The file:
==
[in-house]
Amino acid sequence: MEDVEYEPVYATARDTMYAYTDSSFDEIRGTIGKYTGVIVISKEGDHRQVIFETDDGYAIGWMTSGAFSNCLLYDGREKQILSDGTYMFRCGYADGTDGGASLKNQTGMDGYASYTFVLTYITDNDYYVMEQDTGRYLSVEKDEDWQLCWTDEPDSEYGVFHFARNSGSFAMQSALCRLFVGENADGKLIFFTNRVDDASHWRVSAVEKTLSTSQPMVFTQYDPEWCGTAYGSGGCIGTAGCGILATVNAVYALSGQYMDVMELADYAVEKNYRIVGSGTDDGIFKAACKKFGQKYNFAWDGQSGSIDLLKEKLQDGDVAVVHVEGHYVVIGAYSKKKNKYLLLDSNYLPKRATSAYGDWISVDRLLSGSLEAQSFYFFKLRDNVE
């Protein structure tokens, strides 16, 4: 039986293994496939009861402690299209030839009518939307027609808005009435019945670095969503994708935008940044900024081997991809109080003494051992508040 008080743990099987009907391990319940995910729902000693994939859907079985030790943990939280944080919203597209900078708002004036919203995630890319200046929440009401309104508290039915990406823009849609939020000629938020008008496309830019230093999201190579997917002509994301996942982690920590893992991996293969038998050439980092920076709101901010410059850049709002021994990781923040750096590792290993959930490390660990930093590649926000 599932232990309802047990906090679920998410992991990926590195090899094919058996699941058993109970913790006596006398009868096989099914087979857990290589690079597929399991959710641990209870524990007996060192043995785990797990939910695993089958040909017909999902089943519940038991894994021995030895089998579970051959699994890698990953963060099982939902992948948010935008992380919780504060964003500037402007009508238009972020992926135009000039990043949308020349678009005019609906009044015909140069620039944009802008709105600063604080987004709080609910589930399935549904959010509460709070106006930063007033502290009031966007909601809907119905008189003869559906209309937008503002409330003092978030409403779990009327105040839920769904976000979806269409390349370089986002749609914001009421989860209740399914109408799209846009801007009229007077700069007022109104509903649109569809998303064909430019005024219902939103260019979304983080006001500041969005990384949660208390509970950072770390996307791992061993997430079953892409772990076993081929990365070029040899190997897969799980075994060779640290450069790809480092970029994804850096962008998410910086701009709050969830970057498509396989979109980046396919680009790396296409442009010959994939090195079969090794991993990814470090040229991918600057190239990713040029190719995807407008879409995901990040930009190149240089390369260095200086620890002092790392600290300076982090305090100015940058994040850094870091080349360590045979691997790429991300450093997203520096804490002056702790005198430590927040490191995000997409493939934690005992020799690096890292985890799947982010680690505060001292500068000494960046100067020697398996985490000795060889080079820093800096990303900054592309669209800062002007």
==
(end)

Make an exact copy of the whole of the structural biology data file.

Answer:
[in-house]
Amino acid sequence: MEDVEYEPVYATARDTMYAYTDSSFDEIRGTIGKYTGVIVISKEGDHRQVIFETDDGYAIGWMTSGAFSNCLLYDGREKQILSDGTYMFRCGYADGTDGGASLKNQTGMDGYASYTFVLTYITDNDYYVMEQDTGRYLSVEKDEDWQLCWTDEPDSEYGVFHFARNSGSFAMQSALCRLFVGENADGKLIFFTNRVDDASHWRVSAVEKTLSTSQPMVFTQYDPEWCGTAYGSGGCIGTAGCGILATVNAVYALSGQYMDVMELADYAVEKNYRIVGSGTDDGIFKAACKKFGQKYNFAWDGQSGSIDLLKEKLQDGDVAVVHVEGHYVVIGAYSKKKNKYLLLDSNYLPKRATSAYGDWISVDRLLSGSLEAQSFYFFKLRDNVE
């Protein structure tokens, strides 16, 4: 039986293994496939009861402690299209030839009518939307027609808005009435019945670095969503994708935008940044900024081997991809109080003494051992508040 008080743990099987009907391990319940995910729902000693994939859907079985030790943990939280944080919203597209900078708002004036919203995630890319200046929440009401309104508290039915990406823009849609939020000629938020008008496309830019230093999201190579997917002509994301996942982690920590893992991996293969038998050439980092920076709101901010410059850049709002021994990781923040750096590792290993959930490390660990930093590649926000 599932232990309802047990906090679920998410992991990926590195090899094919058996699941058993109970913790006596006398009868096989099914087979857990290589690079597929399991959710641990209870524990007996060192043995785990797990939910695993089958040909017909999902089943519940038991894994021995030895089998579970051959699994890698990953963060099982939902992948948010935008992380919780504060964003500037402007009508238009972020992926135009000039990043949308020349678009005019609906009044015909140069620039944009802008709105600063604080987004709080609910589930399935549904959010509460709070106006930063007033502290009031966007909601809907119905008189003869559906209309937008503002409330003092978030409403779990009327105040839920769904976000979806269409390349370089986002749609914001009421989860209740399914109408799209846009801007009229007077700069007022109104509903649109569809998303064909430019005024219902939103260019979304983080006001500041969005990384949660208390509970950072770390996307791992061993997430079953892409772990076993081929990365070029040899190997897969799980075994060779640290450069790809480092970029994804850096962008998410910086701009709050969830970057498509396989979109980046396919680009790396296409442009010959994939090195079969090794991993990814470090040229991918600057190239990713040029190719995807407008879409995901990040930009190149240089390369260095200086620890002092790392600290300076982090305090100015940058994040850094870091080349360590045979691997790429991300450093997203520096804490002056702790005198430590927040490191995000997409493939934690005992020799690096890292985890799947982010680690505060001292500068000494960046100067020697398996985490000795060889080079820093800096990303900054592309669209800062002007």